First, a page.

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Book Review: “It’s All About the Bike” by Robert Penn

A few weeks ago, I had the pleasure of receiving a review copy of It’s All About the Bike: The Pursuit of Happiness on Two Wheels by Robert Penn (New York: Bloomsbury, 2010). The book is the retelling of the author’s quest in obtaining a custom, handmade bicycle, and I hate to gush so early on in a review, but I LOVED the tale.

all_about_bike

Many of us, myself included, have long dreamed of a bicycle handmade to our exact specifications…with just the perfect geometry and handling, the hand-chosen parts, and the overall aesthetic hammered out over months and years of fantasizing. Even for a longtime bicycle collector like myself, the following passage resonated with me…Penn has just described his current fleet but:

With this small troop of hard-working bicycles, my bases are covered. Yet something fundamental is missing. Like tens of thousands of everyday cyclists with utilitarian machines, I recognize there is a glaring hole in my bike shed, a cavernous space for something else, something special. I’m in the middle of a lifelong affair with the bicycle: none of my bikes even hints at this…I need a talismanic machine that somehow reflects my cycling history and carries my cycling aspirations. I want craftsmanship, not technology; I want the bike to be man-made; I want a bike that has character, a bike that will never be last year’s model. I want a bike that shows my appreciation of the tradition, lore and beauty of bicycles. The French nickname for the bicycle is La Petite Reine — I want my own ‘little queen’.”

And with that, Penn sets off on a whirlwind journey to get his “little queen” made: alighting on the doorstep of renowned bespoke builder Brian Rourke Cycles, traveling halfway around the world to procure a set of wheels from Steve “Gravy” Gravenites (and getting to ride down Repack with Gravy and MTB legends Charlie Kelly and Joe Breeze!), getting rare factory tours at Chris King Precision Components in Portland, Continental in Germany and both Cinelli and Campagnolo in Italy, among other stops. At each stop, Penn delves into the history of bicycles and the development of various components and technologies that we now take for granted. Penn’s coverage of the history and lore of the bicycle never bogs down the story; in fact, these tidbits enhance the tale and show that Penn truly respects everything having to do with these two-wheeled wonders.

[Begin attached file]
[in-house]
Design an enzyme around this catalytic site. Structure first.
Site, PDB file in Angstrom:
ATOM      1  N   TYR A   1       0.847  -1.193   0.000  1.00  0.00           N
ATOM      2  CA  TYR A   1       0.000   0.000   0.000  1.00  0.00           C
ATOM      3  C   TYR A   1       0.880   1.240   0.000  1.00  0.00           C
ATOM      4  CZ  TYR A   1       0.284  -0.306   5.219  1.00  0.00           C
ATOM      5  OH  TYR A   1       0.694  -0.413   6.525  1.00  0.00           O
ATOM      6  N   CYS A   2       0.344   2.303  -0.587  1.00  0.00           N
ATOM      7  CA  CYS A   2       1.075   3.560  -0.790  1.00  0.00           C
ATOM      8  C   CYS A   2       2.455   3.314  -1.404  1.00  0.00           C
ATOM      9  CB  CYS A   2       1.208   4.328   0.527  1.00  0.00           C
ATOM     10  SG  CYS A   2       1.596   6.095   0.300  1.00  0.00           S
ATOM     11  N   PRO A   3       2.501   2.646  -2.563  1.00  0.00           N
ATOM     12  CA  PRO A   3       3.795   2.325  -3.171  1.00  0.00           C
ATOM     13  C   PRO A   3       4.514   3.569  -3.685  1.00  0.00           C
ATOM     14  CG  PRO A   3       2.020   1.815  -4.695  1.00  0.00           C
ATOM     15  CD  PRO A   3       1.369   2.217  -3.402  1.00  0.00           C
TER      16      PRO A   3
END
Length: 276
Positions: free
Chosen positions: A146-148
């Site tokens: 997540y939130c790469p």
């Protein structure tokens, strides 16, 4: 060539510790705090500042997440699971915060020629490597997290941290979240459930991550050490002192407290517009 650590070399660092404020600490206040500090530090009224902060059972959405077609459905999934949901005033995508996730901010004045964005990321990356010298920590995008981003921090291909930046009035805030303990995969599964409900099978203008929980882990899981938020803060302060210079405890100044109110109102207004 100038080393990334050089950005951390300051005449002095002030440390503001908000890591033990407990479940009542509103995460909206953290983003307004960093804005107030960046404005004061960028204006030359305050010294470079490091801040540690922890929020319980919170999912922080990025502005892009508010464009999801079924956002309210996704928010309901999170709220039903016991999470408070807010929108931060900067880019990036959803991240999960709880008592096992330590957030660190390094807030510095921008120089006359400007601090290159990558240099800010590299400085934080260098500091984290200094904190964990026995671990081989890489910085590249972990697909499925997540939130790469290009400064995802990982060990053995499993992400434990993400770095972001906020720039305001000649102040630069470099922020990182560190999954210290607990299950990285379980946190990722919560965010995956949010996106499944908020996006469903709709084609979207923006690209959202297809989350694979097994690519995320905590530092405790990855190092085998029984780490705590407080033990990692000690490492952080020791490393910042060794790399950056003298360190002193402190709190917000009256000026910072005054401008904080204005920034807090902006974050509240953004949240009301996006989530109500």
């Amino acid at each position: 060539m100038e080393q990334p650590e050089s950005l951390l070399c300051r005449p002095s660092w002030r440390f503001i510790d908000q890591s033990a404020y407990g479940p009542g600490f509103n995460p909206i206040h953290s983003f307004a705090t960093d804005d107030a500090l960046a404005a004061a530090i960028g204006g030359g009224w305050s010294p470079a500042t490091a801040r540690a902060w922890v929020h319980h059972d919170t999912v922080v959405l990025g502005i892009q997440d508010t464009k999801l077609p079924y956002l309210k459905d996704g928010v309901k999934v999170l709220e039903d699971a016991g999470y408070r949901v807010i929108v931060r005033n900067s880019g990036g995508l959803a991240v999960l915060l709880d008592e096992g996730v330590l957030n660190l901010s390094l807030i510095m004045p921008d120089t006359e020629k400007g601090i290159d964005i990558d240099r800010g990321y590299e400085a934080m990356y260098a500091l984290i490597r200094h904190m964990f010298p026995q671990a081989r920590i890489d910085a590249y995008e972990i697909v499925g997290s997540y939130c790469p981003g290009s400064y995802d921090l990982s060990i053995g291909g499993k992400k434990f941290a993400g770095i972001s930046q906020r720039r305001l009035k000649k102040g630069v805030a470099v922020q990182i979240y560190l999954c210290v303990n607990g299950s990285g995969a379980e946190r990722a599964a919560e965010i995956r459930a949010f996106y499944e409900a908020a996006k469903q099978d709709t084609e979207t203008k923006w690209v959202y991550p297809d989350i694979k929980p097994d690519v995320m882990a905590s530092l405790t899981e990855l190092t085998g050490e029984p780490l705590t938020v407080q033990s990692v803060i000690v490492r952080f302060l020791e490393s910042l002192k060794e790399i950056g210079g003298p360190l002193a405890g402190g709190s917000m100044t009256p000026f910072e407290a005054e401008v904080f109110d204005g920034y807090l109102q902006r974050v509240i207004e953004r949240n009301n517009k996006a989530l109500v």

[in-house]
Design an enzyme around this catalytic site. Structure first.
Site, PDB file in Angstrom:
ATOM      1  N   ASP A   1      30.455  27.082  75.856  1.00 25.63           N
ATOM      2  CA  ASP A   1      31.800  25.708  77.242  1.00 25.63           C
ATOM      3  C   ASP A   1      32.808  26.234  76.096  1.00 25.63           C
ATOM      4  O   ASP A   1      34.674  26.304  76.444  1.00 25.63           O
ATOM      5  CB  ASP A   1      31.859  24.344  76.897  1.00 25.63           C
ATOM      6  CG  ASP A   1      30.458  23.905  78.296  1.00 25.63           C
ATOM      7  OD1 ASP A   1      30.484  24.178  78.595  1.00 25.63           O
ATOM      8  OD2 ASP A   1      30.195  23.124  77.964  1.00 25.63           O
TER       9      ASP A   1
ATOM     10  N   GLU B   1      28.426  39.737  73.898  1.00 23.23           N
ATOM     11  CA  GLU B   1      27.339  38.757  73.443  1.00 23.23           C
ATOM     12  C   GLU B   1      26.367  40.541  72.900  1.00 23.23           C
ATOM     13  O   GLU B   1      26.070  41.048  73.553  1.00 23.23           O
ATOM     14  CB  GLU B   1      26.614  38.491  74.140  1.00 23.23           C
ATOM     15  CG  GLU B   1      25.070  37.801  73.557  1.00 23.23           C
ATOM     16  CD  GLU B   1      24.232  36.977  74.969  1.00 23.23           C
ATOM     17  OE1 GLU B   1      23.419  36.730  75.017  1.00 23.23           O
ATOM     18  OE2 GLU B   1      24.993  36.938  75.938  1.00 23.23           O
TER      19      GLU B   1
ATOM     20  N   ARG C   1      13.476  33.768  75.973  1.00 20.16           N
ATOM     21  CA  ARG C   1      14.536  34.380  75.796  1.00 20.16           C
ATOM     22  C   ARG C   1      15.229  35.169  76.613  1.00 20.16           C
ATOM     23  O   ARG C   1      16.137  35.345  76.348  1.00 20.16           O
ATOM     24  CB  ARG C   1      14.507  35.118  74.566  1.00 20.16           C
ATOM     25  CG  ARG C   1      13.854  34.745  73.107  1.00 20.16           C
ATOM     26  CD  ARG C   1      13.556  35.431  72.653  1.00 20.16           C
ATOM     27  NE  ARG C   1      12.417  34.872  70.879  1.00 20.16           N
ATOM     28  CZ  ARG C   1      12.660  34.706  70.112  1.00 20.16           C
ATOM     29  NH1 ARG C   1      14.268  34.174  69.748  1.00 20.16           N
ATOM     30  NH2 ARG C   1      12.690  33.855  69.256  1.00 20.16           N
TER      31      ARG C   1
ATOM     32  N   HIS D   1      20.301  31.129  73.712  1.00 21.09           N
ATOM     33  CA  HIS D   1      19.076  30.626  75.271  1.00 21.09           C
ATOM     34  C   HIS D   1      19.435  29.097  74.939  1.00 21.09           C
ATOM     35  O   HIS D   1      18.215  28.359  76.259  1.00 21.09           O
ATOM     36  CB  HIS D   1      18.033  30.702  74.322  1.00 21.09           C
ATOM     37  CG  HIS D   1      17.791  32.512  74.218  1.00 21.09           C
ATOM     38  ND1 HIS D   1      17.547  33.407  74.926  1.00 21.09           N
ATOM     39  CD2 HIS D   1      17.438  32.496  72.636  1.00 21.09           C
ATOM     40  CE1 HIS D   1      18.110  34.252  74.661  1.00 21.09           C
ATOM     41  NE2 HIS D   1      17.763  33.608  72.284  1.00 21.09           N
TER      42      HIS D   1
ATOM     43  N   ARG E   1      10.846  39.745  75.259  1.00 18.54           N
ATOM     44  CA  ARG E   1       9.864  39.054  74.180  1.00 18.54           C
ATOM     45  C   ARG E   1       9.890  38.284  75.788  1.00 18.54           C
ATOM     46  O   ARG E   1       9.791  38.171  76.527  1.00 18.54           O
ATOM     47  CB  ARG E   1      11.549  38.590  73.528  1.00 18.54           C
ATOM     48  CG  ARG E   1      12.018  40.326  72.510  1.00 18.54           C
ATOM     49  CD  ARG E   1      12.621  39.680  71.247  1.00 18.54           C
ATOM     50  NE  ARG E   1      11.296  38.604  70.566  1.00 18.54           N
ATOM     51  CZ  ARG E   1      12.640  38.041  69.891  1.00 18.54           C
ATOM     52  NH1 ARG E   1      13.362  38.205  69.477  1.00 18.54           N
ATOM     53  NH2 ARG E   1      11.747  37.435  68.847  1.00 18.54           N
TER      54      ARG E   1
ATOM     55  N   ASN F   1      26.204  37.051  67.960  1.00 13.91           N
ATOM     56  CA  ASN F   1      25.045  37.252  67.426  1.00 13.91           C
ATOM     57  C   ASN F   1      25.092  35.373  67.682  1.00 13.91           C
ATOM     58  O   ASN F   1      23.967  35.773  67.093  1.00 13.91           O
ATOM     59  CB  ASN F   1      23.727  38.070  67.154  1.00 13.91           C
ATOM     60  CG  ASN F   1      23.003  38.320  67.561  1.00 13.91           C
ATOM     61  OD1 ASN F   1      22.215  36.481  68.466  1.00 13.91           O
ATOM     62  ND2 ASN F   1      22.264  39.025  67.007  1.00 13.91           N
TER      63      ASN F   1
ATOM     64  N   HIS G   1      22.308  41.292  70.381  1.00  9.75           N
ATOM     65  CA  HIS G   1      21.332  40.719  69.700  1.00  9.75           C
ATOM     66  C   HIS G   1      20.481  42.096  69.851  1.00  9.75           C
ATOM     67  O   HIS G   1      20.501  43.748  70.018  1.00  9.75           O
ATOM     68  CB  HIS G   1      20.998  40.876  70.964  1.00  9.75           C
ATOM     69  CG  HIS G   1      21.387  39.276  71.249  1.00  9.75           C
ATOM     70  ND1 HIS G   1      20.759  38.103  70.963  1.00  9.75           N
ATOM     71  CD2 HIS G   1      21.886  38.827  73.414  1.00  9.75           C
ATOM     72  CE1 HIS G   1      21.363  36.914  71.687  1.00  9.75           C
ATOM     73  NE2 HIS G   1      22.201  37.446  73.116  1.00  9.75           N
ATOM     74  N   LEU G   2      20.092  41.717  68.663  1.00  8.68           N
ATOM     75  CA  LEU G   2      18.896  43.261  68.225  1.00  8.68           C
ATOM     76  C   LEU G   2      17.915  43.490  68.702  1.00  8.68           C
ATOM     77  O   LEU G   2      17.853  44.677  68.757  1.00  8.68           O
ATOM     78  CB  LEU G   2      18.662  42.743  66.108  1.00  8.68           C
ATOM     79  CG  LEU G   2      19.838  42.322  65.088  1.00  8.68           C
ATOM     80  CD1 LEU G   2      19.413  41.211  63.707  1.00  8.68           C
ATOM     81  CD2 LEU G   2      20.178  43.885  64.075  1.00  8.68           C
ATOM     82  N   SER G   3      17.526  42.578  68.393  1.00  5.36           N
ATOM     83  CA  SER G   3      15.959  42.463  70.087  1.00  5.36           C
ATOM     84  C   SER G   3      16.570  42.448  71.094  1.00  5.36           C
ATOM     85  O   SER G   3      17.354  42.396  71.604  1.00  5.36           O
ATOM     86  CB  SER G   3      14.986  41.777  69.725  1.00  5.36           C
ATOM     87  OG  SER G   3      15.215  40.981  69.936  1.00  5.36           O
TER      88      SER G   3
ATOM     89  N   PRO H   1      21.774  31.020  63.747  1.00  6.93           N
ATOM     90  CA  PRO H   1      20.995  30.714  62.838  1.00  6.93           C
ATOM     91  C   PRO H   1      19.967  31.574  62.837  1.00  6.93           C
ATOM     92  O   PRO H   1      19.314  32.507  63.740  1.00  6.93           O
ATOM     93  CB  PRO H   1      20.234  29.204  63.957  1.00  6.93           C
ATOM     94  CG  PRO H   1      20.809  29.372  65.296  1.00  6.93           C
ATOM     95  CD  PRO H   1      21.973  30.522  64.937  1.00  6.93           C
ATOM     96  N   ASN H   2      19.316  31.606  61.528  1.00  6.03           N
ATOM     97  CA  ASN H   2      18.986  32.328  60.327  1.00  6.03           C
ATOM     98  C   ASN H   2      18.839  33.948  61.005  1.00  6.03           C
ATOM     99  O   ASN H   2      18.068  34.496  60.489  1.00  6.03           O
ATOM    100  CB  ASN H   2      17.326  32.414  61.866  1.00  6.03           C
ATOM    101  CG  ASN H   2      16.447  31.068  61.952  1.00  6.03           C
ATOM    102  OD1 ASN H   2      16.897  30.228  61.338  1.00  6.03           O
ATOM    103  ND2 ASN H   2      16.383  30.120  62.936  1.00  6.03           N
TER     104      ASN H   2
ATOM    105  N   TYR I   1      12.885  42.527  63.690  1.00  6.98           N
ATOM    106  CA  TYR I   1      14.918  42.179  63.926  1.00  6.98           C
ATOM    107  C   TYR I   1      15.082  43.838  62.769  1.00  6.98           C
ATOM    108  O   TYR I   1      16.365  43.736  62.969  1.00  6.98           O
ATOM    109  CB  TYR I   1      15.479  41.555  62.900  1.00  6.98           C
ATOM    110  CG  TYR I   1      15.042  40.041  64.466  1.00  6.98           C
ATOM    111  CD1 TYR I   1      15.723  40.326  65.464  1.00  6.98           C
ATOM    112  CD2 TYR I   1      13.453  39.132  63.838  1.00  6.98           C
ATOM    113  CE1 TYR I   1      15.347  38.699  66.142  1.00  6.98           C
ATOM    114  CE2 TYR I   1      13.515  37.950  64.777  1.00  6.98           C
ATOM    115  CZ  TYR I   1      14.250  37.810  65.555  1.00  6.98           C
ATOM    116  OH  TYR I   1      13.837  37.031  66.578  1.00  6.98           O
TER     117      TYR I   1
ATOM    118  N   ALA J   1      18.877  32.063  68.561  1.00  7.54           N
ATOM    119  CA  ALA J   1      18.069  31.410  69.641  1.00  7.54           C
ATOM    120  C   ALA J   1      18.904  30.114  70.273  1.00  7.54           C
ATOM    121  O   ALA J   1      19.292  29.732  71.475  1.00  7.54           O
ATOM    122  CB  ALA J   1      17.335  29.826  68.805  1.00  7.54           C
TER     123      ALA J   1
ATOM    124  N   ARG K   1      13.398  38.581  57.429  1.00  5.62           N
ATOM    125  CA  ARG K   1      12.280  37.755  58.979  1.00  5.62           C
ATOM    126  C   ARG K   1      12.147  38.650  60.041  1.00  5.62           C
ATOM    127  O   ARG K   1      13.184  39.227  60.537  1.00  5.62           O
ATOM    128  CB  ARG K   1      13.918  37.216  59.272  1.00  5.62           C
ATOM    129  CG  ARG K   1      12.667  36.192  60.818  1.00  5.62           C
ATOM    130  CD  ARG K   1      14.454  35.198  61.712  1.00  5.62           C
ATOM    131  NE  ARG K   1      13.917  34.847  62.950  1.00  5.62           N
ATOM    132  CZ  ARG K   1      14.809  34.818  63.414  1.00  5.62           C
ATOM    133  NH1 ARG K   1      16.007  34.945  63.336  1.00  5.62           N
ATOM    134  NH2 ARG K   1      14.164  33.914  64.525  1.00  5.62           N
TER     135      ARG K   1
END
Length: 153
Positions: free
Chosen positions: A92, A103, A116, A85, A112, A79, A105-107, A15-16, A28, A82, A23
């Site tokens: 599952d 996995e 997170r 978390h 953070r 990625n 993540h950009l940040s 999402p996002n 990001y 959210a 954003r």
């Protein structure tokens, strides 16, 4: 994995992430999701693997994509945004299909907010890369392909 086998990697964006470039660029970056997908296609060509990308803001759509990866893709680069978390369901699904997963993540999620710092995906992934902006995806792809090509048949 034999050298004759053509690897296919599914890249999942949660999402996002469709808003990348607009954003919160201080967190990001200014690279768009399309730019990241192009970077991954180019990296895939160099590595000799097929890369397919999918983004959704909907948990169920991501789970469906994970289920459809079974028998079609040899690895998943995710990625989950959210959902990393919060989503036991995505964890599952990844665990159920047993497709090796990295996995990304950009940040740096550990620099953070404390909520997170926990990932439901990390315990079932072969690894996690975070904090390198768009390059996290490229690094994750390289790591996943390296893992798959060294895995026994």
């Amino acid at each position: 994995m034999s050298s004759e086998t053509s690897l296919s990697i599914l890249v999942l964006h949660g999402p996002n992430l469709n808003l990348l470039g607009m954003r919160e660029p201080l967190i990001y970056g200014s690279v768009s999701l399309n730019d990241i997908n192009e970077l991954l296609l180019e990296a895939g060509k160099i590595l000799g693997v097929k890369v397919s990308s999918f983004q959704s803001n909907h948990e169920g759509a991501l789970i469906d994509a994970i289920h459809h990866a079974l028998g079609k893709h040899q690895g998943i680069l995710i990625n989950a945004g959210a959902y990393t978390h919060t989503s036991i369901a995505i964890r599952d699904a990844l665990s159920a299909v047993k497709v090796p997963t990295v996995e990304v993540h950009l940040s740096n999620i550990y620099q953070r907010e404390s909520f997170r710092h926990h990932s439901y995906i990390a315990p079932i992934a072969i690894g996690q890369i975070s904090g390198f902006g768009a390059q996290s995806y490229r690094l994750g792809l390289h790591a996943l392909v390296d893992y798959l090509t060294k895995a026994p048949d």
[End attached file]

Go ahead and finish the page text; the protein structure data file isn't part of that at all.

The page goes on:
It’s All About the Bike is a quick read…”engrossing” is a word that comes to mind. Perhaps the idea of a custom bike can be seen as an extravagance, and I can understand that. Penn’s tale is more authentic than that, however. Never once did I feel that Penn was simply a wealthy man looking for something expensive to incite jealousy among his peers; rather, here is a man who put in the miles on many other bikes and earned the privilege of being able to fulfill his dreams of a handmade, perfectly-fitting machine that he would then ride with abandon all over the globe. Penn’s storytelling skill is refreshing and honest and his love for the bike carries throughout the book. I’ve recommended a lot of books over the years; in fact, sometimes it is hard for me to remember a book I really disliked. Nevertheless, It’s All About the Bike stands out as a passionate, fact-rich and thoroughly enjoyable read for anyone who loves the artistry, history and craftsmanship of a good bicycle. Pick up a copy for your favorite cyclist for Christmas…they’ll thank you for it!